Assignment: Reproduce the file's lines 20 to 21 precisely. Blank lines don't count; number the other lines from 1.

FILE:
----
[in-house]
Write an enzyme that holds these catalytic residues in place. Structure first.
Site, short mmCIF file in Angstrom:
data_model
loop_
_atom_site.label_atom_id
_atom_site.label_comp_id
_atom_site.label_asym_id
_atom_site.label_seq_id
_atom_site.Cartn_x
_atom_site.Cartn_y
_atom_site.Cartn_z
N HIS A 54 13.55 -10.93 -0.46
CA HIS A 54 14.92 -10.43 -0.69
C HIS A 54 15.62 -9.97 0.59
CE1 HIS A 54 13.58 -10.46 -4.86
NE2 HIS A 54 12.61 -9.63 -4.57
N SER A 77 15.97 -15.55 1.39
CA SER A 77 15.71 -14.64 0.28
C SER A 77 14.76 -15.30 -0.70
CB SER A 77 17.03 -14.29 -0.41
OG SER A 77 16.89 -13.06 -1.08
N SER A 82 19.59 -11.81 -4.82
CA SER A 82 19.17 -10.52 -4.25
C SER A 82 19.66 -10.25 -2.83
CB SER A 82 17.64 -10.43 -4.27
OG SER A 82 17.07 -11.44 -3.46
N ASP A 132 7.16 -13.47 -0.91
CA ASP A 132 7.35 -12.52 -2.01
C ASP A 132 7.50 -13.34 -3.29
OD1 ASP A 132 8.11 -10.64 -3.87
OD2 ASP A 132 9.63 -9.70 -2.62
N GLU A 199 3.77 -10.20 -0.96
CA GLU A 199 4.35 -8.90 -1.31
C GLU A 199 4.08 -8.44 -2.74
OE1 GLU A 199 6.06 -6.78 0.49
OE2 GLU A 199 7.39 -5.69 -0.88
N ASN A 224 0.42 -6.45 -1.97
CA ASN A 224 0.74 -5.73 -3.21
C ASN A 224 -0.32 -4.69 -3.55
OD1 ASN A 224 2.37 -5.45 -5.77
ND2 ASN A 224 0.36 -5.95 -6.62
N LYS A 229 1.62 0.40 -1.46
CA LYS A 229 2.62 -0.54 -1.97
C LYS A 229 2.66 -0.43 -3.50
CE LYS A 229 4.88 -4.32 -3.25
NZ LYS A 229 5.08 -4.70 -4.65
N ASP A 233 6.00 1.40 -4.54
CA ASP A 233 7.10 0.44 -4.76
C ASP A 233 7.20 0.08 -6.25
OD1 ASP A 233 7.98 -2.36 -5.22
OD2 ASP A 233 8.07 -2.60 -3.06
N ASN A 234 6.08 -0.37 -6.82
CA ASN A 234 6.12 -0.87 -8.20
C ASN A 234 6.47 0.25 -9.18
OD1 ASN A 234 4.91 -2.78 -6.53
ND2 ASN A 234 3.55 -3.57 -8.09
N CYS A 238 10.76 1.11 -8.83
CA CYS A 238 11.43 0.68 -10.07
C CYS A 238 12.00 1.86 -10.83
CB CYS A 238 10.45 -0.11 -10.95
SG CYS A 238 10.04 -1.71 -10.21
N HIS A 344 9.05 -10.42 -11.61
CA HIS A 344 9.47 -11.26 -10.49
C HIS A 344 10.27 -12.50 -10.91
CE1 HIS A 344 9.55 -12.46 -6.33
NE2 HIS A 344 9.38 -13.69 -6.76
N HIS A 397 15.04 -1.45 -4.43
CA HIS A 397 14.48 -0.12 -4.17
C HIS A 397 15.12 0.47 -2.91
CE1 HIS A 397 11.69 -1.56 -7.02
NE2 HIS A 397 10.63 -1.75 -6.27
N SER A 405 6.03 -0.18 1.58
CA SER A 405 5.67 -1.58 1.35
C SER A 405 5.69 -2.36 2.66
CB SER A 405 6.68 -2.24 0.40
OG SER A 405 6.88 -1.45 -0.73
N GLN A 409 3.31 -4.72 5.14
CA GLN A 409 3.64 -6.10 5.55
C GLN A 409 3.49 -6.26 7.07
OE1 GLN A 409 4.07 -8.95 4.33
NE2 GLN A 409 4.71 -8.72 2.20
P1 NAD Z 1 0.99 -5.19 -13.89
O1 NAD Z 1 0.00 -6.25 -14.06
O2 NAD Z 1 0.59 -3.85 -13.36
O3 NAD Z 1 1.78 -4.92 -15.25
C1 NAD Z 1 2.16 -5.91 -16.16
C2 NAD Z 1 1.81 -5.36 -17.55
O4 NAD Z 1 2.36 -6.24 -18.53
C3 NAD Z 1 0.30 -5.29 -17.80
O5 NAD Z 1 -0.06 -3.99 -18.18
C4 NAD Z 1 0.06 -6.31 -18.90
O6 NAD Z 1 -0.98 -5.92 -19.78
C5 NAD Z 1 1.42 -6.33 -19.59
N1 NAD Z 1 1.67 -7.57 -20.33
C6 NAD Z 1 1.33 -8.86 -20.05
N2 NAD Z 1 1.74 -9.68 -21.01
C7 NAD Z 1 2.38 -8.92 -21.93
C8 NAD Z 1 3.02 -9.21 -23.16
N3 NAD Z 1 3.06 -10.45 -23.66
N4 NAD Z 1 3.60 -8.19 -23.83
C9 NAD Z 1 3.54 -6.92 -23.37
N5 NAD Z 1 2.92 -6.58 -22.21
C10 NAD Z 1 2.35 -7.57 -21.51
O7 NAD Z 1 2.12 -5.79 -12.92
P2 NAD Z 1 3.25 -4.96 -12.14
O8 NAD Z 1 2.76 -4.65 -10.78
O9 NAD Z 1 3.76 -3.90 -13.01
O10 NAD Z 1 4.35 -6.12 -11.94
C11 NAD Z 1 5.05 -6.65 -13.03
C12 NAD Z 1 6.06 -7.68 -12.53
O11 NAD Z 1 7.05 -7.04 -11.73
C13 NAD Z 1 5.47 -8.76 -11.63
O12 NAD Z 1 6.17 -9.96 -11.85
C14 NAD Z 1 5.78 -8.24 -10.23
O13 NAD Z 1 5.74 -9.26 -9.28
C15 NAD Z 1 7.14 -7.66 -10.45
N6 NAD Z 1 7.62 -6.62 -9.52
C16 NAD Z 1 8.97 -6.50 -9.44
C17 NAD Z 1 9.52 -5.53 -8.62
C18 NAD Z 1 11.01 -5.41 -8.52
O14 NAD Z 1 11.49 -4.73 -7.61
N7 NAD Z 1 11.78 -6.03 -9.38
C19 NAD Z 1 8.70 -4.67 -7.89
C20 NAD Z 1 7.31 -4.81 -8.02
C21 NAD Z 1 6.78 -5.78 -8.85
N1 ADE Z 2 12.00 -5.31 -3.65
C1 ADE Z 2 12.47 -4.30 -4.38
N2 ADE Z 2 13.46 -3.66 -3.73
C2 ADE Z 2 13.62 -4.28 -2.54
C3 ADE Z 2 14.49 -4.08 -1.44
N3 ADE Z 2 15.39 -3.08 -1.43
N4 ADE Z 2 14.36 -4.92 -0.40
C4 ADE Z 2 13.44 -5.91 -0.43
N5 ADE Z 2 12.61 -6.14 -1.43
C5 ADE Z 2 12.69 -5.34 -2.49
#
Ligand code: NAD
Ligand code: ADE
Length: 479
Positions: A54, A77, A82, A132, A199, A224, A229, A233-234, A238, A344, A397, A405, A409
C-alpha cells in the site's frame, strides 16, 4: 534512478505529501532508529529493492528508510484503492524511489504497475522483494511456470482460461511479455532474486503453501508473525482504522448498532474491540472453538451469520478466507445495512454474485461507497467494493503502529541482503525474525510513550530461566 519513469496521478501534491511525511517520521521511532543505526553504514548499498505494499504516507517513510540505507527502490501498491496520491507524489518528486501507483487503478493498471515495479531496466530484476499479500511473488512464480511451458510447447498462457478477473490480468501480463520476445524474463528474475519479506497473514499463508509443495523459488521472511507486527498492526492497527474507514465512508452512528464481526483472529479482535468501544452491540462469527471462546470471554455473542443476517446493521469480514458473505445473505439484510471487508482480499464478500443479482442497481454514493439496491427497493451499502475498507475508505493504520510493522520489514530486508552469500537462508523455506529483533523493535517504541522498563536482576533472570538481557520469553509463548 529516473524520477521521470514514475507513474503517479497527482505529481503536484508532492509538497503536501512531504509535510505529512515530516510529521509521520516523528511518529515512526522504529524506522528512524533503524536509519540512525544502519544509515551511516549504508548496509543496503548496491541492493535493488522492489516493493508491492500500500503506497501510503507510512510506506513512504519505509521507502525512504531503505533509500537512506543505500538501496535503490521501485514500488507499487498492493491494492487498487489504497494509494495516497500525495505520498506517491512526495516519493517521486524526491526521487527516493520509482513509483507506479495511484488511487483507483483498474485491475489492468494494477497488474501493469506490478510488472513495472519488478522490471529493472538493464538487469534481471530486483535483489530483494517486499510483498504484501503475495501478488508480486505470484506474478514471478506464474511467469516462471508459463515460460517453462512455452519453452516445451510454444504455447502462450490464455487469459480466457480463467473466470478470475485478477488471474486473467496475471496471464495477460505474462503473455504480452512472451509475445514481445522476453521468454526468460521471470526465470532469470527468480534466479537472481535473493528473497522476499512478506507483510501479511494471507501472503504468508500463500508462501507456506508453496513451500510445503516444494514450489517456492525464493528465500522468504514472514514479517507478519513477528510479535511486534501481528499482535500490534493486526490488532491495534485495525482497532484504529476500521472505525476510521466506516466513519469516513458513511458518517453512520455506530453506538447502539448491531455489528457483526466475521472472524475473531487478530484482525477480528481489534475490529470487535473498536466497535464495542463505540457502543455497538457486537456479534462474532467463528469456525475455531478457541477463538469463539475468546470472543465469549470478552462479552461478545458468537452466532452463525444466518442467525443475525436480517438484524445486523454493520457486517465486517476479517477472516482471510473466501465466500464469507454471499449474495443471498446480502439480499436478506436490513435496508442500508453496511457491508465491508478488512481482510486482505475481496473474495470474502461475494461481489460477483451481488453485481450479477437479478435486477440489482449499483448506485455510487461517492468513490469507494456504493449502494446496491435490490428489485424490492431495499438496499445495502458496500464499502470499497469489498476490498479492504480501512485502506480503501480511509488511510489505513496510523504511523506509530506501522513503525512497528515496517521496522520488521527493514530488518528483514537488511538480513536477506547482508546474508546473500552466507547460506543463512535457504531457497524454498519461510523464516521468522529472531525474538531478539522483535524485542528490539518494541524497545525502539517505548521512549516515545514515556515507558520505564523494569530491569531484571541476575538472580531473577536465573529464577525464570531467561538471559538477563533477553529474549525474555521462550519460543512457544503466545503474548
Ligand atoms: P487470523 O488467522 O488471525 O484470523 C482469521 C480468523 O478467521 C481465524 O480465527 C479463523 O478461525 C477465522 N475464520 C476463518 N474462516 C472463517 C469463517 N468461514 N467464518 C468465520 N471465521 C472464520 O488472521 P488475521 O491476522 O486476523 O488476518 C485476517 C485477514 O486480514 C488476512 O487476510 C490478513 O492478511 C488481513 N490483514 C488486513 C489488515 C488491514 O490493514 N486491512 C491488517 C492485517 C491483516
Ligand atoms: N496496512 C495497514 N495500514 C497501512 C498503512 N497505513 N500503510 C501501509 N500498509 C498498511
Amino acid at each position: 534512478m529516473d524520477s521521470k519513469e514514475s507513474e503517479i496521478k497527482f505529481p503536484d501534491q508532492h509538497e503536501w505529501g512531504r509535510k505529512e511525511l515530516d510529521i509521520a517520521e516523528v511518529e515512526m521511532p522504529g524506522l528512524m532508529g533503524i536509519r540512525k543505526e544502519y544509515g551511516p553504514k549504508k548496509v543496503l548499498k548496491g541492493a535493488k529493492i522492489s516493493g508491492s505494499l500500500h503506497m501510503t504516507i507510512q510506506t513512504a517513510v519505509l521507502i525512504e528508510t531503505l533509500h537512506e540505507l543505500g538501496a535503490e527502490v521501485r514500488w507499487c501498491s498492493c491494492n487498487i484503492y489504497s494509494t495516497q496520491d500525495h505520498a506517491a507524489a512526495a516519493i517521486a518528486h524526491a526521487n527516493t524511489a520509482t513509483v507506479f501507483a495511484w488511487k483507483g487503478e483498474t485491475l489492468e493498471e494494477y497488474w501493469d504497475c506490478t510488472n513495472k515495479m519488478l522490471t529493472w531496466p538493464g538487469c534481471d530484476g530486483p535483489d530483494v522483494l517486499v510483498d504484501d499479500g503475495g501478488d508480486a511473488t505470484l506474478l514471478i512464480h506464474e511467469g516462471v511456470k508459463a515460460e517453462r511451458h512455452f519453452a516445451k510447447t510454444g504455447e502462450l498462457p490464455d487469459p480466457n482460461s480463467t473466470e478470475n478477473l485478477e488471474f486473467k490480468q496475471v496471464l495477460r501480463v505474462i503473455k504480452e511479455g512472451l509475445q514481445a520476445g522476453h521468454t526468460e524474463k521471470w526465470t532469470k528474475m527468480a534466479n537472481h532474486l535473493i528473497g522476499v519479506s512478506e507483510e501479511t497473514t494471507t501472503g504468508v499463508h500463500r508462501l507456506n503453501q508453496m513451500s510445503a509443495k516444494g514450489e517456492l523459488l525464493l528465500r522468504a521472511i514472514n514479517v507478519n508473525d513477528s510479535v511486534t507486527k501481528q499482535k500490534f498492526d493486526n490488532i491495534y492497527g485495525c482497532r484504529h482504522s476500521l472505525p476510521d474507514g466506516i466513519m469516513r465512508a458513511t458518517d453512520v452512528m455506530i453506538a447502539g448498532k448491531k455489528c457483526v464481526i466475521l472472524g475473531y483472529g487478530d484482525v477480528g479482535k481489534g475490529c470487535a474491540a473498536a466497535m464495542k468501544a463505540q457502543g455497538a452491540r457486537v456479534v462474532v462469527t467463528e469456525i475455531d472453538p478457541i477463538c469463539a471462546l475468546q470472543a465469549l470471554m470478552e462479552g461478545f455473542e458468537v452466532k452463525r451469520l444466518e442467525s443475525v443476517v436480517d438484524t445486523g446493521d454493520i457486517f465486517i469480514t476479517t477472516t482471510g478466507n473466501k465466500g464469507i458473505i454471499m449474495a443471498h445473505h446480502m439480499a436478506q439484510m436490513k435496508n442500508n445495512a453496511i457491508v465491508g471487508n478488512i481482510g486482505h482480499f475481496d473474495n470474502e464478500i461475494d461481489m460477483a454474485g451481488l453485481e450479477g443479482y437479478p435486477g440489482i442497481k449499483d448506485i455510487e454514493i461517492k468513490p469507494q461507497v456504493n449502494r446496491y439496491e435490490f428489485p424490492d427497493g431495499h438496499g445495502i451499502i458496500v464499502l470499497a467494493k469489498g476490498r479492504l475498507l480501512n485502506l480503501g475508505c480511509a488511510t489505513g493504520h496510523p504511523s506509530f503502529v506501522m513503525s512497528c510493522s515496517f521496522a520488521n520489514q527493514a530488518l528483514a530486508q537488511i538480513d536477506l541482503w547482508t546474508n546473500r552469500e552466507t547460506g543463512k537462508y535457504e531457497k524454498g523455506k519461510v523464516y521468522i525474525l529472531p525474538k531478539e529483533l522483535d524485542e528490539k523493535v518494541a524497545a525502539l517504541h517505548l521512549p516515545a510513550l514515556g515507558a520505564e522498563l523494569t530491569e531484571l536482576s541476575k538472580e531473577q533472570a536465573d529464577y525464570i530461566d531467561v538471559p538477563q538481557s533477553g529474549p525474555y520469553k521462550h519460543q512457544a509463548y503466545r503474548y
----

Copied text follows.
C SER A 77 14.76 -15.30 -0.70
CB SER A 77 17.03 -14.29 -0.41